To easily log products on the sales ticket, stylists can each carry a PDA (personal data assistant) that talks to the software system. Salons also can install one or more workstations for technicians to use.
All of the recommended products become part of the client’s history. Those that the client does not choose to purchase go into a type of “rejected products” category that may be useful to the stylist in future visits. For example, Renaud explains, “The technician can review the client’s purchase history and say, ‘I see that your color faded a little. Remember I recommended these products? You might want to think about it.’”
Outside Marketing and Promotion
Between appointments, your marketing machine can continue to run at high speed. Any software program worth its salt can pair your selected set of demographics with a targeted product history and send, for example, a Mother’s Day color shampoo and conditioner promotion to every client in your database who is a mom, has had a hair color service within the past six months and has never bought a color-safe shampoo at the salon.
“You should be able to customize an e-mail and table promotion that identifies all clients who’ve purchased your leading line in the past three months,” Pagliaro notes. “What if you bring in a new line of color shampoo? Identify all clients who’ve had a color service within the past year and market first to them. How about a new high-end line? Go into your e-mail and promote only to clients who spend over a certain dollar amount.”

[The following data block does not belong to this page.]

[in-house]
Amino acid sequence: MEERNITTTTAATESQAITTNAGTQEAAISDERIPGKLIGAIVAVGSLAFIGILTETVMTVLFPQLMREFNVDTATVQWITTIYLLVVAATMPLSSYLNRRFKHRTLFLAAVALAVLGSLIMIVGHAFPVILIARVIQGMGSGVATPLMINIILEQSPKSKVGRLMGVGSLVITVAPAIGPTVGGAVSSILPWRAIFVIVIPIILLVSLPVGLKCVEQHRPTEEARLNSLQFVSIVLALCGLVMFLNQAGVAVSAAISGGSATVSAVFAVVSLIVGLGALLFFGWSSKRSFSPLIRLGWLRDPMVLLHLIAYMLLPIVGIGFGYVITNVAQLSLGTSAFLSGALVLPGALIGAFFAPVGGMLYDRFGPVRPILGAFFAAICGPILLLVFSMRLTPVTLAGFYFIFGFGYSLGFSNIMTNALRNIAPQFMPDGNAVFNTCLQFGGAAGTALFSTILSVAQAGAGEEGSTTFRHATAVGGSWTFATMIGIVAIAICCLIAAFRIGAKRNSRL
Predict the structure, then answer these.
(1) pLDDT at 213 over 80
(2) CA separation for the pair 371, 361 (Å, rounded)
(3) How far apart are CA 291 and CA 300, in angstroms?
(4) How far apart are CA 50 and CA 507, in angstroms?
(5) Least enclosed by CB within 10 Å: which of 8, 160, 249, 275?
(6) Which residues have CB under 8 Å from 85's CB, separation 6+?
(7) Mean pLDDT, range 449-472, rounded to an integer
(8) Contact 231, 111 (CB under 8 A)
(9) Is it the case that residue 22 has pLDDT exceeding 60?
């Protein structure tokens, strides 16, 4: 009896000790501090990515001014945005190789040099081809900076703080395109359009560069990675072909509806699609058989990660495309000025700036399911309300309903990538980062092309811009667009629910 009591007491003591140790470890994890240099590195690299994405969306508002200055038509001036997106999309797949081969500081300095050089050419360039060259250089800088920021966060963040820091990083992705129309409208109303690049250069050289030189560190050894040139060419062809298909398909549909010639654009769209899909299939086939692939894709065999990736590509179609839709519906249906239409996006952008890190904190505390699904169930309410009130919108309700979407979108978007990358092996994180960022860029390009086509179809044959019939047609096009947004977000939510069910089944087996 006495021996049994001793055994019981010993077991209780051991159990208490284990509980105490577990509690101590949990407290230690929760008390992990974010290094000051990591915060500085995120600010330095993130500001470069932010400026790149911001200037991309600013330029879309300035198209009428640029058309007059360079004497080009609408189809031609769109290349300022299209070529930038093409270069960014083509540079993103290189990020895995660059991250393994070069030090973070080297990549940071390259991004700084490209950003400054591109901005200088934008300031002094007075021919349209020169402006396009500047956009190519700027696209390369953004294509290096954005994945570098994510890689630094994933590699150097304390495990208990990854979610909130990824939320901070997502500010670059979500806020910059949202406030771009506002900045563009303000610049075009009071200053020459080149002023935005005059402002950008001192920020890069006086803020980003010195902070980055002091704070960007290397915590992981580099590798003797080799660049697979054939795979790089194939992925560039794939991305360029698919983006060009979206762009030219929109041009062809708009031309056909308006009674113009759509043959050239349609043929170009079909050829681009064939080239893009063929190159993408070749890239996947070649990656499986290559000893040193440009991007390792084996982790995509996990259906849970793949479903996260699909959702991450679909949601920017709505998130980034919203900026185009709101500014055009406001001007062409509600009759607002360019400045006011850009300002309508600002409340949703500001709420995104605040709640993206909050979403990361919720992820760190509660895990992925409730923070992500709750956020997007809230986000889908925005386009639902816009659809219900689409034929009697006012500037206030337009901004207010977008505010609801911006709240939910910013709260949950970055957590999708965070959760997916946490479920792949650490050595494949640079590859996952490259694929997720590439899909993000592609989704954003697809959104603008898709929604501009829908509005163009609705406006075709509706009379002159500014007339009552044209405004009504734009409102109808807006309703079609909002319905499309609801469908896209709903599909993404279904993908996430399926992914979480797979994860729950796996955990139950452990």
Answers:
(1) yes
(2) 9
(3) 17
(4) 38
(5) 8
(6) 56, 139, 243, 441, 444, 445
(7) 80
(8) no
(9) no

To that end, Shortcuts offers a “Set and Forget” feature. “We sit down with salon owners and go over all of their promotions,” says Reavis. “We set it up so they can do e-mail, text messages, post cards—whatever they decide. Then when Valentine’s Day rolls around they don’t have to do anything; the postcard template, e-mail or text message they’ve chosen goes out to all the women 35-50 within this zip code who have had skin care services.”
All of this is opt-in marketing; the client must agree to be contacted. “Shortcuts has options that say, ‘Do not e-mail’ and ‘Do not text message,’” Reavis says, adding that salons should be specific when they ask clients how they want to be contacted about promotions.
If you confirm an appointment by e-mail, SalonBiz can make that double as a little marketing piece. “You can mention any event or special,” says Hall. “It’s HTML-compatible so it can look cool with photos, images and different fonts.” Hall adds that her company’s WebBiz feature provides both online booking and e-commerce, enabling the salon to promote retail products to someone making an appointment or purchasing a gift certificate.